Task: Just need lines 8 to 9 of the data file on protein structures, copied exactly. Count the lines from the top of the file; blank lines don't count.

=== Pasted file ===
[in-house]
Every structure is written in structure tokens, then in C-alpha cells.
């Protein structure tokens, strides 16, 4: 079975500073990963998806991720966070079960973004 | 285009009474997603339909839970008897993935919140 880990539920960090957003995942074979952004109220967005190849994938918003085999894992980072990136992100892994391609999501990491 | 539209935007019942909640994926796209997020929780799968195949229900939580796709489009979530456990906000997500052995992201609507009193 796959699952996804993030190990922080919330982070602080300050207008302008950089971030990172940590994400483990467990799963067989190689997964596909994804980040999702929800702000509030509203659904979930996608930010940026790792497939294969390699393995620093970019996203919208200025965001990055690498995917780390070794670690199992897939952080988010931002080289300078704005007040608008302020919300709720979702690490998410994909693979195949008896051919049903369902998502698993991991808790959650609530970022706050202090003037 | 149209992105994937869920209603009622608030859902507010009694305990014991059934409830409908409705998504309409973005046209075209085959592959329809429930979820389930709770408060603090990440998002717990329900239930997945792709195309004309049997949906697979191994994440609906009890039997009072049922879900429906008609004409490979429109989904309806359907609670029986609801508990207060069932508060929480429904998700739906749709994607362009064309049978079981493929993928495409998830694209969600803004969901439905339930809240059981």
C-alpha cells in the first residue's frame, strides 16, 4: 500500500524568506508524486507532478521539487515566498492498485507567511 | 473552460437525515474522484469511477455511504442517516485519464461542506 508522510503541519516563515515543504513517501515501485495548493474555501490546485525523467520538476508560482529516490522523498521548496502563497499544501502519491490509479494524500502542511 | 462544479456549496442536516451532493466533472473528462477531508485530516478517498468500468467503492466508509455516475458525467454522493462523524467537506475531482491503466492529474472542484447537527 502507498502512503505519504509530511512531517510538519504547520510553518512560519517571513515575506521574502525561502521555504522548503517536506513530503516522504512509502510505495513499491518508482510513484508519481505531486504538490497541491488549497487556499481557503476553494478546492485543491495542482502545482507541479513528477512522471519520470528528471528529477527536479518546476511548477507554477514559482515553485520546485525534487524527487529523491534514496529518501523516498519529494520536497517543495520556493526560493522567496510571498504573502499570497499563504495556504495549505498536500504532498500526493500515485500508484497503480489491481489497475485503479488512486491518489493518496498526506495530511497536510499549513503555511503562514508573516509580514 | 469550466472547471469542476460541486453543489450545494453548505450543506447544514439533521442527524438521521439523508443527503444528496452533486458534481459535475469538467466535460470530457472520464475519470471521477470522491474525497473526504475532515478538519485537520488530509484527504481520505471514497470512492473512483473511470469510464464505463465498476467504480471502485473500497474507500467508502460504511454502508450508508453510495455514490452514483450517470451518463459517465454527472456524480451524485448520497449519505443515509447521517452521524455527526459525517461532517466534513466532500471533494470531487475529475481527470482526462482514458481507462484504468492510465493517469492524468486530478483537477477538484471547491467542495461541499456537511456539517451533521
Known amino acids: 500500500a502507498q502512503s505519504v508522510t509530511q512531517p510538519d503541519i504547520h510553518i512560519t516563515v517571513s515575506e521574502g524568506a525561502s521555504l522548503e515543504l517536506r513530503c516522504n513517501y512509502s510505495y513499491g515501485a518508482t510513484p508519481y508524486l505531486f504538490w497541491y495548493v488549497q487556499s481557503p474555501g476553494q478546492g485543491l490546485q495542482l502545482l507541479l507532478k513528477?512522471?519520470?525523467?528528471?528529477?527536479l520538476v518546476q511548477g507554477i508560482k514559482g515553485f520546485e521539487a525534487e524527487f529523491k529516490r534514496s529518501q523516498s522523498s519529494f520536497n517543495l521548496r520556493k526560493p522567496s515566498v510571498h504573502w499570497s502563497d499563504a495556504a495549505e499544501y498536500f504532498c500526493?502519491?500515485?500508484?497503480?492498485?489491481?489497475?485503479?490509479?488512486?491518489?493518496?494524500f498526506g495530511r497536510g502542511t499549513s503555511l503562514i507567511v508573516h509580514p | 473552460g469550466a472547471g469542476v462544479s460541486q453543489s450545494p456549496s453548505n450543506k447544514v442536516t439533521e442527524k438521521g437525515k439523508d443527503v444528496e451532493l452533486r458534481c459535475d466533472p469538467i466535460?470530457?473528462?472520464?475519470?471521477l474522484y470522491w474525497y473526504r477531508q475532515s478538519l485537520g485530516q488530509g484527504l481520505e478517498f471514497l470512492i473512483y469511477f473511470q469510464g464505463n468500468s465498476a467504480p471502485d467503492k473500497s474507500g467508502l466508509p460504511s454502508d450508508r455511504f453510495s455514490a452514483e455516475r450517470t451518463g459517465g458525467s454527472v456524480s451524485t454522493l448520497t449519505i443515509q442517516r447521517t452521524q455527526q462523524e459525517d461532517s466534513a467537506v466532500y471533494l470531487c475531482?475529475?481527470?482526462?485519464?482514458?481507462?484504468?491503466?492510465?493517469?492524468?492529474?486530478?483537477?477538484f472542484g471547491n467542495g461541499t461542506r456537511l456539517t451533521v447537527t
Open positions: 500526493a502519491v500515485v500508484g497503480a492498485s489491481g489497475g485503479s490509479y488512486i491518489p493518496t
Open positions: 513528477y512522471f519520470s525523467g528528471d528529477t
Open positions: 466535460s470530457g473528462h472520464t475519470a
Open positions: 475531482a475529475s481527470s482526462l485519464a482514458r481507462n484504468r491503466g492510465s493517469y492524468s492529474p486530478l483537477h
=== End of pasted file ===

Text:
Open positions: 466535460s470530457g473528462h472520464t475519470a
Open positions: 475531482a475529475s481527470s482526462l485519464a482514458r481507462n484504468r491503466g492510465s493517469y492524468s492529474p486530478l483537477h